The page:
The Arrival of Someday
“emotional, heartfelt, and moving. Lia and the people in her life are relatable and loving. Recommended for anyone who wants to more fully understand what it means to live with a life-threatening illness, or simply wants a deep and meaningful message.”
Eighteen-year-old Lia, or “Rolldemort” to her roller derby teammates and fans, is moving along just fine . . . until she’s not. When a flare-up of a rare liver disease puts her on the sidelines, she has to figure out who she is. Is she the confident, kick-ass, outspoken person she’s always been, or is she going to live out the rest of her life as Dying Girl? How is this going to change who she is?
“We’re all experts at self-preservation, right? We all purposefully choose to ignore the unpleasant things we don’t want to acknowledge. We climb onto dizzy-fast rides at two-bit parking lot carnivals that weren’t there last week and won’t be there the next. We use the TV remotes in our hotel rooms, even after watching those Dateline specials where the hosts take black lights to them and expose all the poop germs left behind by the previous guests. We eat sausages, which . . . what the hell is in those anyways? And if we bother to stop and really think about any of it, we shudder . . . and then push the knowledge away so we can carry on in denial.”
Lia’s best friend Sibby wants to turn Lia’s illness into a cause—propping up Lia as the poster child to get people to be organ donors. Lia’s parents and brother want to talk about it and “deal” with what’s happening. Her schoolmates regard her with pity or fear. The only person Lia can be around, who makes her feel even a little like her old self, is her brother’s friend Will. And that’s just because Lia made him promise not to talk about it.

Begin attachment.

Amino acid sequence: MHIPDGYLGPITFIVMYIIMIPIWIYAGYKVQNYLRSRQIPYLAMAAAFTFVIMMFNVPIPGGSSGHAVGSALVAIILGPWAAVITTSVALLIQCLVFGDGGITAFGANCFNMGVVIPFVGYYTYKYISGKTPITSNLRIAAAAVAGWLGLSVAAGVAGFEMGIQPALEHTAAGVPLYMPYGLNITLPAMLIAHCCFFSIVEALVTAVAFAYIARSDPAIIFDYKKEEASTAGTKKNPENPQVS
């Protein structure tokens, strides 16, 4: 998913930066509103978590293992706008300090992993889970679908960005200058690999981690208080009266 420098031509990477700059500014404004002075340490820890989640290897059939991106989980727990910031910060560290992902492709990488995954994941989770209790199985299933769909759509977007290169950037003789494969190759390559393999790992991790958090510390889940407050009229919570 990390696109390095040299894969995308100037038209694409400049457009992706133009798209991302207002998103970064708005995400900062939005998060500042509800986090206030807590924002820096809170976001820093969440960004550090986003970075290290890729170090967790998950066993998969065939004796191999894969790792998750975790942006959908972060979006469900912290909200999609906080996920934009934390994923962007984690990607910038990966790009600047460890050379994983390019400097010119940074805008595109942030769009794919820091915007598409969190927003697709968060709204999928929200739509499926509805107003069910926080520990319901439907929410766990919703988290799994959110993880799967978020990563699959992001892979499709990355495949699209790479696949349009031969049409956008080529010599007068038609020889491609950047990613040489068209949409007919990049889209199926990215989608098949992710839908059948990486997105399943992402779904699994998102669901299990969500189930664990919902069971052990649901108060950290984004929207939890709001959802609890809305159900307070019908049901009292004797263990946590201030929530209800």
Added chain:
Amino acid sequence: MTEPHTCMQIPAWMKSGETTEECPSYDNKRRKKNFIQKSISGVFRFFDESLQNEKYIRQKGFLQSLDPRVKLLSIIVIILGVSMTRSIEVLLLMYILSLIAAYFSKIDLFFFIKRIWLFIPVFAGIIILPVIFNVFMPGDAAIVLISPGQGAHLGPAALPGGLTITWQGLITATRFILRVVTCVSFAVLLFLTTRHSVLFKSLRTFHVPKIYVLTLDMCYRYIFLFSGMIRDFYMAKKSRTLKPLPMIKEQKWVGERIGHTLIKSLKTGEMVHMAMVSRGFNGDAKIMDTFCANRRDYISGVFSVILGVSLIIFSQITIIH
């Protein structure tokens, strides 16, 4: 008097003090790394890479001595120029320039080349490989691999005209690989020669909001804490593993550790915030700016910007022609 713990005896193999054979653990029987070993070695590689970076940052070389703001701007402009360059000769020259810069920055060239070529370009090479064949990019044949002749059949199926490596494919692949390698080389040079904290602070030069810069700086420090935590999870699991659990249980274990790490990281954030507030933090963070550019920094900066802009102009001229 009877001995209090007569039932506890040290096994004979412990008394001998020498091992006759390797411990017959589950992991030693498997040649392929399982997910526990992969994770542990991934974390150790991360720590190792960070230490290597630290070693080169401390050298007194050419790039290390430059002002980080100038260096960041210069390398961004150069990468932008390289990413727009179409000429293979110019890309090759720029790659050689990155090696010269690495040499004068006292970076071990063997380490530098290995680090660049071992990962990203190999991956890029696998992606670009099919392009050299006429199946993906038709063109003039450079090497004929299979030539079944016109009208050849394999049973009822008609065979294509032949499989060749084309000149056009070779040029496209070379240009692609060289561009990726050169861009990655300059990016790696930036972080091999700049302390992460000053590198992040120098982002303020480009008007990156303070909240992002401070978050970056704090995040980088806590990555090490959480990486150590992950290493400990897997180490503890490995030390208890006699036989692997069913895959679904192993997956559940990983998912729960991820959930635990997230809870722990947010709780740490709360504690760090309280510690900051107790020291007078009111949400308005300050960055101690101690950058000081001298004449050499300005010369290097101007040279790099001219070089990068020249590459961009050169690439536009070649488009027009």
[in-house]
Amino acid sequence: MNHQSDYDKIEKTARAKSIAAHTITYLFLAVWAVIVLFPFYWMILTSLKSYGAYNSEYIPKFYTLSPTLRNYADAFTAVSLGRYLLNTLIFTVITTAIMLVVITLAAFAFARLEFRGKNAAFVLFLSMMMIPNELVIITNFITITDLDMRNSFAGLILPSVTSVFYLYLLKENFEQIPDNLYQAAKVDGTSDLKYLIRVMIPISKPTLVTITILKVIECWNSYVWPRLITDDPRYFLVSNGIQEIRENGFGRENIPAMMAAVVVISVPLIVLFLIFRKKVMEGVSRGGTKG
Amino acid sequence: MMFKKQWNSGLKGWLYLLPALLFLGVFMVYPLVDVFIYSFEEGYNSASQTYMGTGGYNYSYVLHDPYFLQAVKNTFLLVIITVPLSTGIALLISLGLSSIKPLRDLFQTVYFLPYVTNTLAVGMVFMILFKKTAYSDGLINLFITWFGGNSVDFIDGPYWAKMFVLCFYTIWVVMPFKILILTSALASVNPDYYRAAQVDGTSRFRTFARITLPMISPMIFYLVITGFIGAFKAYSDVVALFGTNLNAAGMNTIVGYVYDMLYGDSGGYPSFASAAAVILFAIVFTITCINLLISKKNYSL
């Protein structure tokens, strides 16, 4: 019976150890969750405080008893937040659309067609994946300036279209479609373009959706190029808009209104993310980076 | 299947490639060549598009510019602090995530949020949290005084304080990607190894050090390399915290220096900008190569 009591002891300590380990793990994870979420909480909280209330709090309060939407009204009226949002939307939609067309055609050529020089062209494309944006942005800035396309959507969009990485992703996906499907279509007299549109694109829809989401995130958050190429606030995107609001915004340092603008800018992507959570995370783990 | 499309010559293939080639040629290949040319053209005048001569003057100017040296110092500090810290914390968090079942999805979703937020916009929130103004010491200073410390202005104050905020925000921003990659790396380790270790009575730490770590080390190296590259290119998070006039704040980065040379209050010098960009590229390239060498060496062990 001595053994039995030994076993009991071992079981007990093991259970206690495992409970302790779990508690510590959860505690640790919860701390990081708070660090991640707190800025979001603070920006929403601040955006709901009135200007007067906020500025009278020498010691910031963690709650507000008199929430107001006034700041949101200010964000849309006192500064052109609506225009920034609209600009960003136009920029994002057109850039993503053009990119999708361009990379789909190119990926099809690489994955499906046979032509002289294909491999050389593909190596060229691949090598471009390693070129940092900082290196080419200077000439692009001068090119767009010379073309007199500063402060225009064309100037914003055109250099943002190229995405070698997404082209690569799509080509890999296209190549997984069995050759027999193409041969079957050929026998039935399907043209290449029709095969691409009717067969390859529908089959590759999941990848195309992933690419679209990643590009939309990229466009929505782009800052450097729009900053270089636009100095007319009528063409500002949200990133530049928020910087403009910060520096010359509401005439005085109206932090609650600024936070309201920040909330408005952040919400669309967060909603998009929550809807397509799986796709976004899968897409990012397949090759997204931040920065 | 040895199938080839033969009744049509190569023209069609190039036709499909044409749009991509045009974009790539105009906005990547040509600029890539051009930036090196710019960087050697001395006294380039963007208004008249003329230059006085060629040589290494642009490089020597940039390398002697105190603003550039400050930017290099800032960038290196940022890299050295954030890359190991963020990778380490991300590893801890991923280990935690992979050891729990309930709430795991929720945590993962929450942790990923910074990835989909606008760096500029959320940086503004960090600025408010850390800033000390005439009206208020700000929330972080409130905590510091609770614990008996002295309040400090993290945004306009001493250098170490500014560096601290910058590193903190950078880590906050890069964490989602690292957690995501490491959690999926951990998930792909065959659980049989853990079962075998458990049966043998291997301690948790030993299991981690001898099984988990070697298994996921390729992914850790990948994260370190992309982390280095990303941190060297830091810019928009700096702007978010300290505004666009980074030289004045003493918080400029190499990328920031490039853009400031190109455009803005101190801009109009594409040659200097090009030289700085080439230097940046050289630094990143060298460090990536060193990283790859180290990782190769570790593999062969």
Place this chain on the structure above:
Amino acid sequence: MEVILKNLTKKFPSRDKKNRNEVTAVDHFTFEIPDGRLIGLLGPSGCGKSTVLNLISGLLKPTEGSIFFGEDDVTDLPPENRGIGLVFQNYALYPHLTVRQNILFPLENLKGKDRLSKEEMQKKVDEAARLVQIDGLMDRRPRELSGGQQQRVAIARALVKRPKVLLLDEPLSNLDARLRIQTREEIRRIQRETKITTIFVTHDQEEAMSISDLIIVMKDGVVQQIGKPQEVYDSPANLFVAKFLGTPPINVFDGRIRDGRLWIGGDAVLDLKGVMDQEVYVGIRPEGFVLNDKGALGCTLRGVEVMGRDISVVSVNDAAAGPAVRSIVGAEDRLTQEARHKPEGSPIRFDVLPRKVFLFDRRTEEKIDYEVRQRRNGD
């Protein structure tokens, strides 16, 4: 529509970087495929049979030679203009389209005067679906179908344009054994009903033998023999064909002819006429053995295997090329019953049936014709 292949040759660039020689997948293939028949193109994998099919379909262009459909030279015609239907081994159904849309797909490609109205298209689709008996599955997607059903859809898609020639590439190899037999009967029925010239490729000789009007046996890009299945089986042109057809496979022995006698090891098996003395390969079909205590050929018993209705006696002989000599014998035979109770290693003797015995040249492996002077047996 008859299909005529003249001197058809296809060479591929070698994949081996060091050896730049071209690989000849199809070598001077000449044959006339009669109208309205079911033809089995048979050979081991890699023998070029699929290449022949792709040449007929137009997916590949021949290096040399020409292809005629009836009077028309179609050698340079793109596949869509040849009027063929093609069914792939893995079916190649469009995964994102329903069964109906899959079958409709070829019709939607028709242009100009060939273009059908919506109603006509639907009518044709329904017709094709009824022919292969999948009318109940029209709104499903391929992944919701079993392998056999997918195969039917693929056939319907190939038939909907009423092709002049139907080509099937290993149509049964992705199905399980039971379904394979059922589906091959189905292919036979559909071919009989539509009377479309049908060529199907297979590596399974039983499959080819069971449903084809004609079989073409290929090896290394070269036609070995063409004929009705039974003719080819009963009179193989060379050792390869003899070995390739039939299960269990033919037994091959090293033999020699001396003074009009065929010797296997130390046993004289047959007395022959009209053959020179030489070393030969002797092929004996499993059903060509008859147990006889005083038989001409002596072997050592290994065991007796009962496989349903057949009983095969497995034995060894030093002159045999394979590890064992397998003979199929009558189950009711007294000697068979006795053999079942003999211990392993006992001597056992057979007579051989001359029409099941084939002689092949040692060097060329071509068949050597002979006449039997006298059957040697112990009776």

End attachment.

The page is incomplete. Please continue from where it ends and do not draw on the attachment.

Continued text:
As Lia and her family wait for a liver to come available, tensions mount between Lia and everyone who loves her. She is coming to a boiling point and doesn’t know how to deal with it. Finally, her mom sits her down to watch “Soldiers Coming Home, Most Emotional Compilations #26.”
“Mom gestures to the screen. ‘This sucker is guaranteed to have you sobbing your eyes out in two point five seconds, and if it doesn’t, I have a slew of others bookmarked.’
I shake my head in disbelief. ‘You want me to watch sappy videos with you?’
I’m relieved it isn’t anything worse than that, but also a bit skeptical.
‘I want you to let steam out of the pressure cooker. By crying over sappy videos, yes. The trick is you can keep it from being personal; the tears don’t have to be about you. You just have to release what’s in there. Okay?’”
The story follows Lia and her family and friends through this heartwrenching journey. How does someone keep living while she and everyone around her are afraid she is going to die? There has to be an answer.
This book is emotional, heartfelt, and moving. Lia and the people in her life are relatable and loving. Recommended for anyone who wants to more fully understand what it means to live with a life-threatening illness, or simply wants a deep and meaningful message.